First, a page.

Jerome Township’s zoning department is looking to improve its customer service.
At trustee meeting earlier this week, Director of Departments/Fire Chief Douglas Stewart said he has been working with the township’s new zoning inspector, Eric Snowden, to make the zoning application process more user-friendly.
“Jerome Township needs to be known as a township that’s here to serve the public,” Stewart said.
Snowden said the application process can be confusing for residents and prospective businesses.
In order to clarify the proper steps to take, Snowden said he is working on creating a “development handbook,” for applicants to consult.
Once complete, it will guide applicants through the zoning process and lay out the tasks they need to accomplish.
Stewart said the goal is to attract people to build, grow and work in Jerome Township.
“The worst thing we can do is drive people away from our township,” he said.
Additionally, Snowden recommended the township purchase a software package that would alleviate record-keeping issues the zoning department has dealt with in the past.
He said the appropriate software would increase efficiency and accountability.
By having one digital platform, he said communication within the zoning department and with the public would be improved.
“The bottom line is, it’s about customer service,” Snowden said.
The zoning department has tested three software packages so far and is waiting on one additional quote, Snowden explained.
He said several of the options feature a “public-facing element” which would allow applicants to view the status of their zoning application and follow along as it moves through the process.
Some programs even offer automatic notifications to keep applicants in the loop.
“We don’t want things getting lost in the shuffle,” Snowden said. “This is the type of tool that can prevent that.”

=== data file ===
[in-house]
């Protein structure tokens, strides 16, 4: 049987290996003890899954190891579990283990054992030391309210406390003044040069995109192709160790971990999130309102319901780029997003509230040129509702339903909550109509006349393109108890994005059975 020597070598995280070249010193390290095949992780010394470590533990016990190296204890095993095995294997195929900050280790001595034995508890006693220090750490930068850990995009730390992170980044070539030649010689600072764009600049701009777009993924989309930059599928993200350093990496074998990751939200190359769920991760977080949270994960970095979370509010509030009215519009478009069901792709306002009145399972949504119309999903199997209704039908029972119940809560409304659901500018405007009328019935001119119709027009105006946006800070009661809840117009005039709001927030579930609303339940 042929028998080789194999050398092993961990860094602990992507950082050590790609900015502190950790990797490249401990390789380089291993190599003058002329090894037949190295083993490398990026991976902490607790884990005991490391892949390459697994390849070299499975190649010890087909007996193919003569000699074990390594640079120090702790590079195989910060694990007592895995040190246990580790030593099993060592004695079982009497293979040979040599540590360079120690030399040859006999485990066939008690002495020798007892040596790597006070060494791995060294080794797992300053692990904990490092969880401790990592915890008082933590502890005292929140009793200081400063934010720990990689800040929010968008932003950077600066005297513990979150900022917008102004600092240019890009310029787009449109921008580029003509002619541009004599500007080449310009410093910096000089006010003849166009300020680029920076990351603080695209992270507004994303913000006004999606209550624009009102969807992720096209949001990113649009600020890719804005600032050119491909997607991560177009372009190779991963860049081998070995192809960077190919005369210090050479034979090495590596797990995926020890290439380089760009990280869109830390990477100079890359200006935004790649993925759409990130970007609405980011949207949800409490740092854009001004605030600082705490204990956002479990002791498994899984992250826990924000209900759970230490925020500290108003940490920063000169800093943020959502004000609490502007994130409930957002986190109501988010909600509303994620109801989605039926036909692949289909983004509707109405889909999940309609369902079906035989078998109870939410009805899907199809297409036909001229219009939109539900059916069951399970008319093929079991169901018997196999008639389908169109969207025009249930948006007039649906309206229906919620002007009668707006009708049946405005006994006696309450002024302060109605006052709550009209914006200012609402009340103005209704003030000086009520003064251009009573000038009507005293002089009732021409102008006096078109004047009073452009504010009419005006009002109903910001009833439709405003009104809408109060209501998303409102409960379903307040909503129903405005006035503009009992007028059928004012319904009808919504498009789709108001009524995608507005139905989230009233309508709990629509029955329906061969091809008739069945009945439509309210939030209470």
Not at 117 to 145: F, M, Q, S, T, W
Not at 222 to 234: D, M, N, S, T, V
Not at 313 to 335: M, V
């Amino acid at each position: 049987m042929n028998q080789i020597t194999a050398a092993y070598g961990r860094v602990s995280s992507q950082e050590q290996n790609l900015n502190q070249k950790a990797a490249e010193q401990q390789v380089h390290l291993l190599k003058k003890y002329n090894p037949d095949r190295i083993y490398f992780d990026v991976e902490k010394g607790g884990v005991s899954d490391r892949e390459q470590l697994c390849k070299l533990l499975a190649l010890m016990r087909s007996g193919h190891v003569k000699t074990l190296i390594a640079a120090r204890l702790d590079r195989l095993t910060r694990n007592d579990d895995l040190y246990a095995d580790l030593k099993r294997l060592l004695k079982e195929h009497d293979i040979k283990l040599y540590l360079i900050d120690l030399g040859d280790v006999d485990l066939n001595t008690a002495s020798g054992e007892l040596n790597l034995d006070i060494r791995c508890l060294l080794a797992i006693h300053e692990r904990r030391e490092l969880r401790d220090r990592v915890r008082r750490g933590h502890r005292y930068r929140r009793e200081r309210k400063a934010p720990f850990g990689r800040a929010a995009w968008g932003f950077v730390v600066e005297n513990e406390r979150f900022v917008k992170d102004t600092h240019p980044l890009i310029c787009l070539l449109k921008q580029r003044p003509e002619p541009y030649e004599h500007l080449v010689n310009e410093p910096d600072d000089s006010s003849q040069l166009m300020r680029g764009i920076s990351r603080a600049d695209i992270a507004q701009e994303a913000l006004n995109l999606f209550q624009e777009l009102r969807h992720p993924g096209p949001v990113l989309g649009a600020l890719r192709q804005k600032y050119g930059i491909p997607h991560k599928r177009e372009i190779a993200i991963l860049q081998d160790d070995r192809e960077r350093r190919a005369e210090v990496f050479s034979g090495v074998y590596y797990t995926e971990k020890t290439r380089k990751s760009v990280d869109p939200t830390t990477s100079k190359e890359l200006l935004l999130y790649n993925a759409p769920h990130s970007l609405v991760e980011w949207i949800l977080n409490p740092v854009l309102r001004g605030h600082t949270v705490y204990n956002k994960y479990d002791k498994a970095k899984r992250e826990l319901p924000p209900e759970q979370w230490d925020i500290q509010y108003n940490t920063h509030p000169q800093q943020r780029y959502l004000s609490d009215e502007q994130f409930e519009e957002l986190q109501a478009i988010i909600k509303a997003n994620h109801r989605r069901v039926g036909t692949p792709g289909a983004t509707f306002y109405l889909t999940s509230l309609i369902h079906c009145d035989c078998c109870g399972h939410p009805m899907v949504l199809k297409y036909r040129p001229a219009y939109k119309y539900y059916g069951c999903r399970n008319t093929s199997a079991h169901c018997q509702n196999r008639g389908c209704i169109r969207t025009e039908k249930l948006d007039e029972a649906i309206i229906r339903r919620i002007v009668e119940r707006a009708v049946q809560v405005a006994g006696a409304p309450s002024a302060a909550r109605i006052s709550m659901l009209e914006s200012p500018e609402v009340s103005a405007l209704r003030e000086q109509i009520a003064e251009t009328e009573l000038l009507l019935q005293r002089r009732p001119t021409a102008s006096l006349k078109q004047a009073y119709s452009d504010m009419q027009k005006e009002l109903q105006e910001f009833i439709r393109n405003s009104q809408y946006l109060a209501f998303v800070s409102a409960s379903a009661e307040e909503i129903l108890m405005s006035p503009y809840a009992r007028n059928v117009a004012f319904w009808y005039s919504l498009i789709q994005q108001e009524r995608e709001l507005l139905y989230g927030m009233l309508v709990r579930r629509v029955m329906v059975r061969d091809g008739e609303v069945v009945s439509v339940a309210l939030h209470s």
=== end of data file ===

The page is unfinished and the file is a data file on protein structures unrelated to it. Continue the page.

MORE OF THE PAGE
Snowden said the township is specifically looking at a software package that Union County may be using in the near future, as well.
The county is about a year away from implementing the program, he said, but it would benefit the township to be in sync with it in the future.
However, Snowden described the software as “multi-jurisdictional,” meaning township officials could collaborate with those from the county or surrounding townships, even if they don’t use the same program.
“Even if they did not implement this software, it’s all web-based, so they could have a reviewer,” he said.
Snowden said he expects to receive the quote he’s waiting on within a week, but definitely before the Nov. 19 trustees meeting.
He said he hopes to have a recommendation as to which software package to purchase by December.
In other business:
– Snowden discussed potential options for reworking the township’s comprehensive plan, which is due for an update.
He said the Logan-Union-Champaign Regional Planning Commission (LUC) provides the service, but would not be available to work on the township plan until 2022.
The township could also pursue independent contractors, but Snowden said similar municipalities have paid around $100,000 for comprehensive plan services.
Trustee Ron Rhodes said the township needs to find a reasonably priced way to update the plan.
“We haven’t been a rural township for the past 20 years,” he said. “Do we need an update? Yes, but we’ve got to make it cost-effective.”
Snowden recommended focusing on updating the land use plan section of the comprehensive plan and attempting to get a commitment from LUC that they’ll work on the complete comprehensive plan in 2022.
“The (comprehensive) plan from 10 years ago is not particularly bad, it just needs a little bit of an update because things change,” Snowden said.
– Trustees approved a resolution to hire up to two part-time plow drivers for the winter season, in order to rotate schedules between the two current, full-time drivers.
– Trustees approved a resolution to spend up to $12,000 to repair the township’s 2006 International plow truck, which has a leak in the air tank, a leak in the fuel tank and needs the exhaust replaced.
– Trustees approved a resolution to spend up to $30,000 for repairs to Jerome Township Hall.
Stewart explained the township budgeted $50,000 for building repairs, $4,500 of which have been spent on replacing the side door.
He said the building is still in need of new windows, which were initially installed in 1982, and a front door. Additionally, the hall needs a doorway to separate the public from office areas.
“We have people just coming and going as they please,” Stewart said. “We want to make sure we have restricted access.”
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